Of all the habits I have that can vary between annoying and concerning, one of the most prominent is my need to hang onto paper materials. What do I mean by paper materials? I filled the bottom compartment of my locker with drawings, notes, academic papers, and pads of specialized paper that I’ll probably never use again. To top it off were a pile of tangled wire items like a router, backup drive, and a multiplug adapter. I’m moving into my own apartment in five weeks, and in a plight to avoid studying for my last final, I decided to clean out that locker and decide what I actually had to keep. Some Spring cleaning, even if it isn’t quite Spring yet.
I’m a Junior at an art college, and so I have more papers than I have ideas what to do with. I have empty lines of notebooks and empty pages sketchbooks sitting around waiting to be used. Those had a simpler solution than the rest; reuse. I’ll use a single notebook for a couple of different classes until it’s filled to near maximum capacity. A few pages leftover is fine. I have three in this state: A flowered journal from my English Composition class that was used as a journal for that class alone, not even taking up half the journal. A notebook with skulls and constellations from Urban Outfitters that I used in my Physical Science class that’s 60% full, but potentially able to be used for my Psychology class in the summer. I also have one more notebook that I have from my Fiction One class. It’s not even half-filled so that I’ll reuse as well.
The next token category of paper goods were academic sheets and essays. I apparently enjoy hoarding syllabi along with assignment sheets that I’ll never need now that the class is over. Because many of the academic sheets were from my Poetry and Fiction One class, I decided to recycle almost all of them. I have my files on my computer, except the one project that I accidentally saved over. I kept the paper version of that. As much as I love assignment sheets that give details and guidelines about what we’re supposed to do, they take up a ton of unneeded space.
The largest category of wasted space were papers for one specific class: my horrid Basics of Animation class. Apparently the “basics of animation” includes drawing like cavepeople on the old sheet by sheet animation, taking overhead pictures, and uploading them to the computer. I’d say 75% of my waste was from this category. Each sheet was about 1/12th of a second of animation. How many trees died so I could realize I didn’t want to be an animator? Rest in pieces, along with my one dream of being an animator. Maybe in another life.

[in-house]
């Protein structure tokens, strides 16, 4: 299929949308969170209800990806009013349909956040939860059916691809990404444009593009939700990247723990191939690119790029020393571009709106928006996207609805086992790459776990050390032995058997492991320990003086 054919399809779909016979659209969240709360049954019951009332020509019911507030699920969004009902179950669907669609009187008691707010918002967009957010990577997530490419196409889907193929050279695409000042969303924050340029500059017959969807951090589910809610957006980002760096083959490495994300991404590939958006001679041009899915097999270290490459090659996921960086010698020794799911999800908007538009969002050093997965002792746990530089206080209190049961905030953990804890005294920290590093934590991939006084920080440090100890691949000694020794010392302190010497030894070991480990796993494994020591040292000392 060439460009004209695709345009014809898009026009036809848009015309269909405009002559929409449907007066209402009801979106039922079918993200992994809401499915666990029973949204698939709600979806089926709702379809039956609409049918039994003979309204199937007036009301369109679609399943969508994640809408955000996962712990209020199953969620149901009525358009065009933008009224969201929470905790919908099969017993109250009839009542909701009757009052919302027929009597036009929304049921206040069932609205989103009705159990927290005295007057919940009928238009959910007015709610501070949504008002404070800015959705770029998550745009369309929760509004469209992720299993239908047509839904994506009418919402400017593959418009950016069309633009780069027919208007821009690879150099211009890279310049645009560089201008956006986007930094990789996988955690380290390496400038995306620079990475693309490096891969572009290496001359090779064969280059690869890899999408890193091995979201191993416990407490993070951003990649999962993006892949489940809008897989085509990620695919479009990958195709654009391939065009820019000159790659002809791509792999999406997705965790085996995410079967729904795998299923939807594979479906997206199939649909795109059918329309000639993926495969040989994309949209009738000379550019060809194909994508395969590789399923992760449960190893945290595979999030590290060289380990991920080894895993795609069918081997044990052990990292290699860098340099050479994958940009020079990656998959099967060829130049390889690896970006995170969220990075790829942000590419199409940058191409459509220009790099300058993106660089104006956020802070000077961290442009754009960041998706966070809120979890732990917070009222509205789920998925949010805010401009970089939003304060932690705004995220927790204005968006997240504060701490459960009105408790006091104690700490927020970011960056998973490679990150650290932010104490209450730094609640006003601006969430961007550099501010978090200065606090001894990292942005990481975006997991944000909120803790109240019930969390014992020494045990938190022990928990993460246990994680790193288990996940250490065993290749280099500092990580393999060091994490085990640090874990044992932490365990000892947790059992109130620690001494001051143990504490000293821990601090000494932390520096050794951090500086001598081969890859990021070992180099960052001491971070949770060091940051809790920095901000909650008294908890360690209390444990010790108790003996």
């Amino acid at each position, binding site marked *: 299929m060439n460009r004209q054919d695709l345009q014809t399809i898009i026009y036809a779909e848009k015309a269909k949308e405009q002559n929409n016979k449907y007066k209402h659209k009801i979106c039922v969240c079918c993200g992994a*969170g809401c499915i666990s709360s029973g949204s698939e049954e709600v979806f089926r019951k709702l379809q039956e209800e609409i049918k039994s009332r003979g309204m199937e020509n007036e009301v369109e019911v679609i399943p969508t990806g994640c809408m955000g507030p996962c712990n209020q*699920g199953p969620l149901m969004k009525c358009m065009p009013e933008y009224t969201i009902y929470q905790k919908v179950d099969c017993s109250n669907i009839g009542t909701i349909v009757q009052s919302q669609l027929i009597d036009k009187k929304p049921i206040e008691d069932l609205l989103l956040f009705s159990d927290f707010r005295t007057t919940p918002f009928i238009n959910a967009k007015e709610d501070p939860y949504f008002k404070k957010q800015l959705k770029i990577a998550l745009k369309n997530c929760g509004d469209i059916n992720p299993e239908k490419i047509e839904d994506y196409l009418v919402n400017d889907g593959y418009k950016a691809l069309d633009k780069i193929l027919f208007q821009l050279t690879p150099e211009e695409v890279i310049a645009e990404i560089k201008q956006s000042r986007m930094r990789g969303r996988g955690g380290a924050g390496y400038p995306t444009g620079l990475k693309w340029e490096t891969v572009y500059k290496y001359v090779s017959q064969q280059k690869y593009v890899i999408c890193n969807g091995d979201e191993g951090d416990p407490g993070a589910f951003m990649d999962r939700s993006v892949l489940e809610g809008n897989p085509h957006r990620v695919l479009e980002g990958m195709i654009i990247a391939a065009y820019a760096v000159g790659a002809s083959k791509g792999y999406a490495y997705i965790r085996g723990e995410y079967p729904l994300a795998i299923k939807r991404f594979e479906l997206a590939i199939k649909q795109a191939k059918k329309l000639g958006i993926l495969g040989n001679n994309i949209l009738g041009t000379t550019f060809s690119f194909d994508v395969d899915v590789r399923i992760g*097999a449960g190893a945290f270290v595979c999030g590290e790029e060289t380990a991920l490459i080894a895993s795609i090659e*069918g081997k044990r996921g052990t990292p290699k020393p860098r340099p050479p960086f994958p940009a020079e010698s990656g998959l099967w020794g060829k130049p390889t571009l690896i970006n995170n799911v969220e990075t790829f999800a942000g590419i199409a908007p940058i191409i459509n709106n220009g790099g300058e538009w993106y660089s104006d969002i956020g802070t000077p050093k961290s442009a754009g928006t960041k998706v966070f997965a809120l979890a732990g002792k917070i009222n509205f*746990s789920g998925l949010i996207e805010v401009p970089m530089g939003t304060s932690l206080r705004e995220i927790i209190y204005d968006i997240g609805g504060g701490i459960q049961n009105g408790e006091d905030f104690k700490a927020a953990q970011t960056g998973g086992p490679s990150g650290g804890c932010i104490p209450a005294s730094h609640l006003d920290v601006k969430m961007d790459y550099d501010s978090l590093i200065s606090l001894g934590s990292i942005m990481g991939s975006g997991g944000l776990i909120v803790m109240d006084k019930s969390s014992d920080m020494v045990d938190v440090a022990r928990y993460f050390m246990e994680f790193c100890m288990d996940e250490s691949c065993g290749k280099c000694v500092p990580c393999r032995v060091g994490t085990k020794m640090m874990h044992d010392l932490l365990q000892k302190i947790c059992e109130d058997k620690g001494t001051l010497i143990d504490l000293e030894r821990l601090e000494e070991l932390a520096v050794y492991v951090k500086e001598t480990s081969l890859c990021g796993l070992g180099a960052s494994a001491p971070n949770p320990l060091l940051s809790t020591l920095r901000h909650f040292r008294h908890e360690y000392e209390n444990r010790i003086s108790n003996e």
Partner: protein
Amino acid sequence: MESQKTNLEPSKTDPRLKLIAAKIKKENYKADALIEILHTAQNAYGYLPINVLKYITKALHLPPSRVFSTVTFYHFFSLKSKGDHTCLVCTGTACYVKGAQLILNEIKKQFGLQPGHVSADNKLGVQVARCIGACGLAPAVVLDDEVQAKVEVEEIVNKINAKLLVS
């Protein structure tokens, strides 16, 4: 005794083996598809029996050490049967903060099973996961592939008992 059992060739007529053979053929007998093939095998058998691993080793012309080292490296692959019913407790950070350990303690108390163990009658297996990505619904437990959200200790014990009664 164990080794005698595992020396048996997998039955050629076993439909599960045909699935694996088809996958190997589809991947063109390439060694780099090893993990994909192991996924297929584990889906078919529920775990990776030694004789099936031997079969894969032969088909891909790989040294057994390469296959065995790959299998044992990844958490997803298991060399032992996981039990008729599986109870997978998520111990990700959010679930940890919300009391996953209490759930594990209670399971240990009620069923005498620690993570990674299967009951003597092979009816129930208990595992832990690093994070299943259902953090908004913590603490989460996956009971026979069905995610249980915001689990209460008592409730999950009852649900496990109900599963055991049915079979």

The sheets for these two animations made it into the save pile.
So what did I keep? Besides the items with more space in them, I kept a few things I still enjoy. One prototype of a final project I can’t seem to locate, and some extras from the collage background of that project. Two papers: one analytical paper I was proud of about comparing two different art pieces, and another paper on a local Savannah artist that we were told we be put in the city archives but I’m unsure. The aforementioned Poetry project that I messed the original file up to. Two animations from the basics of animation class: One of my furious fairy character doing a head turn with some concept art, and one of my final flour sack project with concept art for that as well. And finally, a couple of scattered pictures I drew for various assignments that made me smile.
When I was done, I realized I had forgotten to take a picture of the before status of the locker, but here’s the aftermath.
I feel like many artists, I get attached to my work a little too much. I hold onto it for too long when it likely will serve no purpose later. I don’t need forty sheets of a ball bouncing across the pages of what is now my minor. As much as I love keeping any random sheet that may inspire me in the future, I do know when enough is enough. And now that I’m moving, I finally had a reason to decide what doesn’t need to travel with me… and a reason to procrastinate studying for a final essay.